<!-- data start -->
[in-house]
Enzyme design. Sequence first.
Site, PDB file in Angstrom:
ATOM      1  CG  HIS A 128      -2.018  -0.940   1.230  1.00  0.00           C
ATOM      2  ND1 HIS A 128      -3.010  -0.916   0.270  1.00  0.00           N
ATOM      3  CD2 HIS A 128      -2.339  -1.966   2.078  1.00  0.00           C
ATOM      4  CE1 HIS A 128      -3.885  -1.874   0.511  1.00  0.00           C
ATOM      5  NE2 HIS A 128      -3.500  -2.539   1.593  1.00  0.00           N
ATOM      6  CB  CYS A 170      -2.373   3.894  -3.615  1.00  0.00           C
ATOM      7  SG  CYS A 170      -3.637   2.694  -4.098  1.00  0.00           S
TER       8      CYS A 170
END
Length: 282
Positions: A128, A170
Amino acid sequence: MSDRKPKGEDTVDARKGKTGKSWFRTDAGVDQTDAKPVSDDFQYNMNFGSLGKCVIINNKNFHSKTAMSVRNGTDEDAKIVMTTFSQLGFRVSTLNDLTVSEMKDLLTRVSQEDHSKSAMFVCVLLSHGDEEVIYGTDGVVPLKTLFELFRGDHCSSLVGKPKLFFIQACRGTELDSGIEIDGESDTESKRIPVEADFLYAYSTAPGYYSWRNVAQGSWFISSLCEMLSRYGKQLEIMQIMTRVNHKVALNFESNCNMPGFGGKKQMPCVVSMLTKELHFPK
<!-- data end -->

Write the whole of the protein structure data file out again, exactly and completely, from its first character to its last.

[in-house]
Enzyme design. Sequence first.
Site, PDB file in Angstrom:
ATOM      1  CG  HIS A 128      -2.018  -0.940   1.230  1.00  0.00           C
ATOM      2  ND1 HIS A 128      -3.010  -0.916   0.270  1.00  0.00           N
ATOM      3  CD2 HIS A 128      -2.339  -1.966   2.078  1.00  0.00           C
ATOM      4  CE1 HIS A 128      -3.885  -1.874   0.511  1.00  0.00           C
ATOM      5  NE2 HIS A 128      -3.500  -2.539   1.593  1.00  0.00           N
ATOM      6  CB  CYS A 170      -2.373   3.894  -3.615  1.00  0.00           C
ATOM      7  SG  CYS A 170      -3.637   2.694  -4.098  1.00  0.00           S
TER       8      CYS A 170
END
Length: 282
Positions: A128, A170
Amino acid sequence: MSDRKPKGEDTVDARKGKTGKSWFRTDAGVDQTDAKPVSDDFQYNMNFGSLGKCVIINNKNFHSKTAMSVRNGTDEDAKIVMTTFSQLGFRVSTLNDLTVSEMKDLLTRVSQEDHSKSAMFVCVLLSHGDEEVIYGTDGVVPLKTLFELFRGDHCSSLVGKPKLFFIQACRGTELDSGIEIDGESDTESKRIPVEADFLYAYSTAPGYYSWRNVAQGSWFISSLCEMLSRYGKQLEIMQIMTRVNHKVALNFESNCNMPGFGGKKQMPCVVSMLTKELHFPK